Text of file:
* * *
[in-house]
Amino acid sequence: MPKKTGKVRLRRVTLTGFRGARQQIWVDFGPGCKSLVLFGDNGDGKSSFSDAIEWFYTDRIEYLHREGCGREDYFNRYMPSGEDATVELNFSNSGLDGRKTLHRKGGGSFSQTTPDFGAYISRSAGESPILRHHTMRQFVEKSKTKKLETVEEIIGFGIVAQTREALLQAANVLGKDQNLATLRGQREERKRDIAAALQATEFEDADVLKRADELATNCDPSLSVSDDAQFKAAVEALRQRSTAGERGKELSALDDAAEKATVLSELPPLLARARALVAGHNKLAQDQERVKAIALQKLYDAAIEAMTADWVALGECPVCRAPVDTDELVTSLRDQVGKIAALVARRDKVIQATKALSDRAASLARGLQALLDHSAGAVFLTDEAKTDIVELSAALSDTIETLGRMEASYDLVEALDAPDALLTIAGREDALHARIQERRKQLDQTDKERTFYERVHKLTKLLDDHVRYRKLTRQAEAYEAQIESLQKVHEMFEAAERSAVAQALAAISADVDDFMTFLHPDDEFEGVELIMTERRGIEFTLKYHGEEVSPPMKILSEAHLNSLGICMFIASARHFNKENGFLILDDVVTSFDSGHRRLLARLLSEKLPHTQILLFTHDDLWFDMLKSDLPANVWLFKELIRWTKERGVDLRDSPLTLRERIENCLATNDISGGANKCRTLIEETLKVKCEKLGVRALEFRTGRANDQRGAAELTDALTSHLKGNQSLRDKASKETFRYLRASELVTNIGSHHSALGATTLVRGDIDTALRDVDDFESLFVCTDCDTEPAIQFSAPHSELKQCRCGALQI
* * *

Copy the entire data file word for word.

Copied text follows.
[in-house]
Amino acid sequence: MPKKTGKVRLRRVTLTGFRGARQQIWVDFGPGCKSLVLFGDNGDGKSSFSDAIEWFYTDRIEYLHREGCGREDYFNRYMPSGEDATVELNFSNSGLDGRKTLHRKGGGSFSQTTPDFGAYISRSAGESPILRHHTMRQFVEKSKTKKLETVEEIIGFGIVAQTREALLQAANVLGKDQNLATLRGQREERKRDIAAALQATEFEDADVLKRADELATNCDPSLSVSDDAQFKAAVEALRQRSTAGERGKELSALDDAAEKATVLSELPPLLARARALVAGHNKLAQDQERVKAIALQKLYDAAIEAMTADWVALGECPVCRAPVDTDELVTSLRDQVGKIAALVARRDKVIQATKALSDRAASLARGLQALLDHSAGAVFLTDEAKTDIVELSAALSDTIETLGRMEASYDLVEALDAPDALLTIAGREDALHARIQERRKQLDQTDKERTFYERVHKLTKLLDDHVRYRKLTRQAEAYEAQIESLQKVHEMFEAAERSAVAQALAAISADVDDFMTFLHPDDEFEGVELIMTERRGIEFTLKYHGEEVSPPMKILSEAHLNSLGICMFIASARHFNKENGFLILDDVVTSFDSGHRRLLARLLSEKLPHTQILLFTHDDLWFDMLKSDLPANVWLFKELIRWTKERGVDLRDSPLTLRERIENCLATNDISGGANKCRTLIEETLKVKCEKLGVRALEFRTGRANDQRGAAELTDALTSHLKGNQSLRDKASKETFRYLRASELVTNIGSHHSALGATTLVRGDIDTALRDVDDFESLFVCTDCDTEPAIQFSAPHSELKQCRCGALQI